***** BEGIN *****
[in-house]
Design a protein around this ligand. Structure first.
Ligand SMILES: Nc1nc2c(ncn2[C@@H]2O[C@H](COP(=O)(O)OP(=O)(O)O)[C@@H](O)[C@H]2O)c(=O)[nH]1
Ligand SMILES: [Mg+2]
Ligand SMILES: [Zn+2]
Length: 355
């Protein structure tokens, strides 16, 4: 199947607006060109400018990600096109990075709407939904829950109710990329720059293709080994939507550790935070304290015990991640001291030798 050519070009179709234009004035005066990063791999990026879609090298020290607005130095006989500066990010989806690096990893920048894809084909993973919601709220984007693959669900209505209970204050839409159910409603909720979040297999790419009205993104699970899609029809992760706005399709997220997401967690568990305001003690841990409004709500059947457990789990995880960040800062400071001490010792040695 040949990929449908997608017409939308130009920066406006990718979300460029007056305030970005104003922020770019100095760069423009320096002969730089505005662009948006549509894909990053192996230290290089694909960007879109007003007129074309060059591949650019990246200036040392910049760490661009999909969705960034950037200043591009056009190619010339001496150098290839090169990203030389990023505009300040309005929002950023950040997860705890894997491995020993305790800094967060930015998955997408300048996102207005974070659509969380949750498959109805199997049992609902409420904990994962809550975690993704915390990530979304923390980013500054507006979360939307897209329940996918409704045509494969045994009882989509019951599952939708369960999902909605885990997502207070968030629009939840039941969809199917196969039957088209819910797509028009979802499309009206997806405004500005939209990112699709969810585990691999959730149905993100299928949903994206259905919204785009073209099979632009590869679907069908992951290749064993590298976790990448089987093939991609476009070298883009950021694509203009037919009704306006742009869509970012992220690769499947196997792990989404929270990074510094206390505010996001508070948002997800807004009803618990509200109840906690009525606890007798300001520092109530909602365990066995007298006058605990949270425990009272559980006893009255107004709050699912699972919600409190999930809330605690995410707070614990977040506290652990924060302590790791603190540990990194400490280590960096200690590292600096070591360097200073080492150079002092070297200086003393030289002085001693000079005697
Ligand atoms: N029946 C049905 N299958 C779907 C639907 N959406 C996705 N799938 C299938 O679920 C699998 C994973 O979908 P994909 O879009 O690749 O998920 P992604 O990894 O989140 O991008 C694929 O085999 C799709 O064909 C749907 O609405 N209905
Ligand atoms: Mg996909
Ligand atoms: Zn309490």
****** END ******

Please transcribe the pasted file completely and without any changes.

[in-house]
Design a protein around this ligand. Structure first.
Ligand SMILES: Nc1nc2c(ncn2[C@@H]2O[C@H](COP(=O)(O)OP(=O)(O)O)[C@@H](O)[C@H]2O)c(=O)[nH]1
Ligand SMILES: [Mg+2]
Ligand SMILES: [Zn+2]
Length: 355
């Protein structure tokens, strides 16, 4: 199947607006060109400018990600096109990075709407939904829950109710990329720059293709080994939507550790935070304290015990991640001291030798 050519070009179709234009004035005066990063791999990026879609090298020290607005130095006989500066990010989806690096990893920048894809084909993973919601709220984007693959669900209505209970204050839409159910409603909720979040297999790419009205993104699970899609029809992760706005399709997220997401967690568990305001003690841990409004709500059947457990789990995880960040800062400071001490010792040695 040949990929449908997608017409939308130009920066406006990718979300460029007056305030970005104003922020770019100095760069423009320096002969730089505005662009948006549509894909990053192996230290290089694909960007879109007003007129074309060059591949650019990246200036040392910049760490661009999909969705960034950037200043591009056009190619010339001496150098290839090169990203030389990023505009300040309005929002950023950040997860705890894997491995020993305790800094967060930015998955997408300048996102207005974070659509969380949750498959109805199997049992609902409420904990994962809550975690993704915390990530979304923390980013500054507006979360939307897209329940996918409704045509494969045994009882989509019951599952939708369960999902909605885990997502207070968030629009939840039941969809199917196969039957088209819910797509028009979802499309009206997806405004500005939209990112699709969810585990691999959730149905993100299928949903994206259905919204785009073209099979632009590869679907069908992951290749064993590298976790990448089987093939991609476009070298883009950021694509203009037919009704306006742009869509970012992220690769499947196997792990989404929270990074510094206390505010996001508070948002997800807004009803618990509200109840906690009525606890007798300001520092109530909602365990066995007298006058605990949270425990009272559980006893009255107004709050699912699972919600409190999930809330605690995410707070614990977040506290652990924060302590790791603190540990990194400490280590960096200690590292600096070591360097200073080492150079002092070297200086003393030289002085001693000079005697
Ligand atoms: N029946 C049905 N299958 C779907 C639907 N959406 C996705 N799938 C299938 O679920 C699998 C994973 O979908 P994909 O879009 O690749 O998920 P992604 O990894 O989140 O991008 C694929 O085999 C799709 O064909 C749907 O609405 N209905
Ligand atoms: Mg996909
Ligand atoms: Zn309490």